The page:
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"Several potential buyers" interested in quick Harmonix sale

Developer made a loss of $65m in last quarter; Viacom admits 'we don't have scale or expertise for games'

Media giant Viacom has admitted that it has been unable to successfully break the videogames market, and it's this lack of diversification that has led to the sale of Rock Band developer Harmonix.

The company said today it is preparing to sell the games maker, and that there has already been interest from several buyers.

"Our decision to exit this business reflect our strategy of focusing entirely on what we do best - make great branded entertainment content and deliver it through a variety of platforms," said Thomas Dooley, COO of Viacom in a call to investors.

"Harmonix has and will continue to create terrific videogames but for us it is about focus.

"The console games business requires an expertise and scale that we don't have. We have taken steps to sell Harmonix and we are in discussions with several potential buyers."

As well as plans to sell Harmonix "expeditiously", Dooley revealed that Harmonix suffered a loss of $65 million in the last quarter, but at least half of that was due to Viacom pursuing a potential sale.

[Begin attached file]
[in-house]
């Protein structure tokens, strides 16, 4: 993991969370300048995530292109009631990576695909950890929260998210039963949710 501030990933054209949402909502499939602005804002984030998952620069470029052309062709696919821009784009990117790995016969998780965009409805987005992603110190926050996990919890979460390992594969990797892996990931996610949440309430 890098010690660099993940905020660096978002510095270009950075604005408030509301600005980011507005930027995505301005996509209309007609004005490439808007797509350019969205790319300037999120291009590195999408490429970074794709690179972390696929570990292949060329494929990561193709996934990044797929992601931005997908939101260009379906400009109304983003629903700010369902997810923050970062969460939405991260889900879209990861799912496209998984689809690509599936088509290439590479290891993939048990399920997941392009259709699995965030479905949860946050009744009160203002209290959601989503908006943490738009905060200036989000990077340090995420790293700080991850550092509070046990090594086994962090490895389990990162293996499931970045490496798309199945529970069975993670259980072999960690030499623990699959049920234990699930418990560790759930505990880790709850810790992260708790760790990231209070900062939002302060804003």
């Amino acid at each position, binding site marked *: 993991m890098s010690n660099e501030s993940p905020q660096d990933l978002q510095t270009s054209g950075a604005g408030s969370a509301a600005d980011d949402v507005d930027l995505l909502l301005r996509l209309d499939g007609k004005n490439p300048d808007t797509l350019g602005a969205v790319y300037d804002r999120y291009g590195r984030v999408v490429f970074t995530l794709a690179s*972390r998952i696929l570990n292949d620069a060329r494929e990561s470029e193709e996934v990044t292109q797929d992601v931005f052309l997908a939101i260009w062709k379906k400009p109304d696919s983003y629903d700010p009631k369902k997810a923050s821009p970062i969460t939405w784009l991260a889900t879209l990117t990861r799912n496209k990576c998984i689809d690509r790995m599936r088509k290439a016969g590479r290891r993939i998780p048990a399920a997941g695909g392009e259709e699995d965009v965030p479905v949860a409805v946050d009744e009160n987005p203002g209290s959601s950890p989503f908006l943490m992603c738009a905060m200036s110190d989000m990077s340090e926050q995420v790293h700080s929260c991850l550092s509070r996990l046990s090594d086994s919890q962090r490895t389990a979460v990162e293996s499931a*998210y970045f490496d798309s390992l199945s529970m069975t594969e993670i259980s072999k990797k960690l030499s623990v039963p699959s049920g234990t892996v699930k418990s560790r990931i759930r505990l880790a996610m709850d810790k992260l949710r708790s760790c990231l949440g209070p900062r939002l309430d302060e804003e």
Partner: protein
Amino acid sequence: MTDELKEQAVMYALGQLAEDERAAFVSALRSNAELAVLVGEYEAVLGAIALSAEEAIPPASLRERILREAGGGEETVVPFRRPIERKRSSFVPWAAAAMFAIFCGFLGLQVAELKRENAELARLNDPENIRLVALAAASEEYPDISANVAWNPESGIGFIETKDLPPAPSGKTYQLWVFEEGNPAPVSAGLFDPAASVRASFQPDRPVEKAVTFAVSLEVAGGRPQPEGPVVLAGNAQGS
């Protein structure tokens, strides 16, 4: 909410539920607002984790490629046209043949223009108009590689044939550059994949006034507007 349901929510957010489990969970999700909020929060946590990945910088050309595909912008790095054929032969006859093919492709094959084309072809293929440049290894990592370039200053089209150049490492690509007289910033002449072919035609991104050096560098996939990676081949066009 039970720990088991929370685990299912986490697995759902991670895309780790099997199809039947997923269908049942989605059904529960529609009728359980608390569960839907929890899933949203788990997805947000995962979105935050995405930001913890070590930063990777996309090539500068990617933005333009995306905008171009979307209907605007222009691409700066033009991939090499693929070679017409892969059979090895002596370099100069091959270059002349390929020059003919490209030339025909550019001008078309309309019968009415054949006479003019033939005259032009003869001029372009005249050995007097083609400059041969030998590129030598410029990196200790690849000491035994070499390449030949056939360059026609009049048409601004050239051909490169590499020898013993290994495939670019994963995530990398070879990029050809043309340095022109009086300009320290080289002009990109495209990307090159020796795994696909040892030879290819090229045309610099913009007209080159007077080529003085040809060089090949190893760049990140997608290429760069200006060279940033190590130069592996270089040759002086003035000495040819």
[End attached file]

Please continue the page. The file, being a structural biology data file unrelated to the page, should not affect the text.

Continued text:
"The third parties have a different economic view of Harmonix and we believe that it's an asset that will be worth more to them than it is to us," he said.

Viacom bought Harmonix four years ago for $175 million, but sales of its games have never met expectations at the company. The corporation has even tried to claw back bonuses paid to the developer's top staff.

Viacom's most ambitious Harmonix project was The Beatles: Rock Band, which reportedly cost the media firm $50 million in licensing fees for the Fab Four's back catalogue, although sales were only modest.

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Matt Martin avatar
Matt Martin: Matt Martin joined GamesIndustry in 2006 and was made editor of the site in 2008. With over ten years experience in journalism, he has written for multiple trade, consumer, contract and business-to-business publications in the games, retail and technology sectors.
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